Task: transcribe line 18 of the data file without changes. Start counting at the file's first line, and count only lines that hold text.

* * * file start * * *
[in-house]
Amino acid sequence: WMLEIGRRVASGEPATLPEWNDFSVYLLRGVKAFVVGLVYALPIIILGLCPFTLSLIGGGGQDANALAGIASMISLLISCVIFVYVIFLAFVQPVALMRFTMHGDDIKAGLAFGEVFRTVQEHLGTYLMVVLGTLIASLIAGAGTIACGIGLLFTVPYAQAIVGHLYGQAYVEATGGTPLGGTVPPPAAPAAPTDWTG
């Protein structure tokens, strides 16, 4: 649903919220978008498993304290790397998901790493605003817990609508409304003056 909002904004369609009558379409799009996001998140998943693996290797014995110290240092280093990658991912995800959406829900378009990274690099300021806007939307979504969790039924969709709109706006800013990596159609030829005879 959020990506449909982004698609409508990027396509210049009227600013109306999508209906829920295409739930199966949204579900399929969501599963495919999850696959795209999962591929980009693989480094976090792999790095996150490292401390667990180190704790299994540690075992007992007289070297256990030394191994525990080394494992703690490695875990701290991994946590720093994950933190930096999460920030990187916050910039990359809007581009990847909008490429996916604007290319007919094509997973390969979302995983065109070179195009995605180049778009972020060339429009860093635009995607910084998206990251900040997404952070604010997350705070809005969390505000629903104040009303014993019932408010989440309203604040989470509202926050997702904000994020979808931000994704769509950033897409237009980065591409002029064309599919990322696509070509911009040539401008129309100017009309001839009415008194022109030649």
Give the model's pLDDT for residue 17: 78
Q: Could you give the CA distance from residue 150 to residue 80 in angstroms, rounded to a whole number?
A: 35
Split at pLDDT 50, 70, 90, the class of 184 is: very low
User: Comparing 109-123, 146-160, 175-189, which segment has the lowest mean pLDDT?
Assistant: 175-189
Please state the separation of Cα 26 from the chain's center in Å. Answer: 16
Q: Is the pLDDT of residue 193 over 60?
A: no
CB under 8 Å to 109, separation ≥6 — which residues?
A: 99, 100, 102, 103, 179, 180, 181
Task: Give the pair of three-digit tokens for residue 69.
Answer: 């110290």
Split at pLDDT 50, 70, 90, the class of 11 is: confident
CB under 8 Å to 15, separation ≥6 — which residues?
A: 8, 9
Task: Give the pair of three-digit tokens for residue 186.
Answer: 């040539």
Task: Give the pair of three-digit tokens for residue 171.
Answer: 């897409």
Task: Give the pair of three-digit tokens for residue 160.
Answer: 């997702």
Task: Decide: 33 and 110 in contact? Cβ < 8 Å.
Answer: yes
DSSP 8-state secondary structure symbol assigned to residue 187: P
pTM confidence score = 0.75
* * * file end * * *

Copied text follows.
CB under 8 Å to 15, separation ≥6 — which residues?